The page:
Inter. Conference on Machine Learning 9.1862 1,185 2013-2016 Advs. in Neural Information Processing Syst. 8.5437 2,416 2007-2015 Conf. on Knowledge Discovery and Data M. 7.7269 1,035 2007-2015 Conf. on Computer Vision and Pattern Recog. 6.6133 4,471 2007-2015 Conference on Learning Theory 4.2905 347 2011-2016 International Conference on Data Mining 2.137 1,406 2007-2015 J. of Machine Learning Research Conf. Proc. 2.473111Computing the average citation count of this mixture of various conferences and workshops has proven to not be feasible. Instead, we use the impact factor of the Journal of Machine Learning Research as the average citation count. We expect the impact of the approximation error to be low since it only concerns 1,507 of the total 53,526 abstracts used in this research. 1,507 2007-2016 Total (N=8) - 14,459 -
Table 2: Source conferences.

In addition, we consider the Journal of Machine Learning Research Workshop and Conference Proceedings series, which includes further conferences, such as International Conference on Artificial Intelligence and Statistics and Asian Conference on Machine Learning among others. We have collected 14,459 abstracts from the proceedings of those conferences in the time frame of interest. Combining the journals and conference proceedings, we have collected 53,526 abstracts in total.

2.2 Key phrase extraction

We focus on extracting the most relevant key phrases of each abstract, which we call topics in the remainder of this study. First, we apply Porter stemming to an abstract [3]. In stemming, only the stem of a word is retained. For example, “paper” and “papers” have the same stem, which is “paper”. For the extraction of key phrases from each abstract, we compare two different methods:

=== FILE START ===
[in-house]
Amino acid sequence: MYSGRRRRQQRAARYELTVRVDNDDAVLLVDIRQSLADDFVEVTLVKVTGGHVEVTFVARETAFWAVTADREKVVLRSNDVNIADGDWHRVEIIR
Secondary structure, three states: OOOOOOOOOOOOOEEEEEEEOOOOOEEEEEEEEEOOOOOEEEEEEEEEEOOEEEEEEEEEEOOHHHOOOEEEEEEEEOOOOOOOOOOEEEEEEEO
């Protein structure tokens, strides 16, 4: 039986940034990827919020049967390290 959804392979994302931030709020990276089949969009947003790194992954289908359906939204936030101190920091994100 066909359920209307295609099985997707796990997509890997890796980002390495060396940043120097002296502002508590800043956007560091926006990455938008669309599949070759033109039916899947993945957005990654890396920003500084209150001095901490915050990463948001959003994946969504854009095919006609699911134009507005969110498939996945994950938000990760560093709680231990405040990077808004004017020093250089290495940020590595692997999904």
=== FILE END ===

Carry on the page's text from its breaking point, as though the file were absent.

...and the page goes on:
1. We remove the stop words222Stop words are the words most frequently used in a language that usually provide very little information. For example, “and” or ”of” are typical stop words in the English language. from each abstract and then use all bigrams and trigrams as key phrases.

  2. The Rapid Automatic Keyword Extraction Algorithm (RAKE) is an unsupervised, domain-independent and language-independent learning algorithm that generates key phrases from text


    . First, RAKE splits each abstract into parts that are separated by signs - such as commas and full stops - and stop words. These parts are then split into n-gram key phrases. In our work, we use

    . Next, a word co-occurrence graph is learned from the generated n-grams. Last, each key phrase is ranked by the sum of the ratio of degree to frequency per word.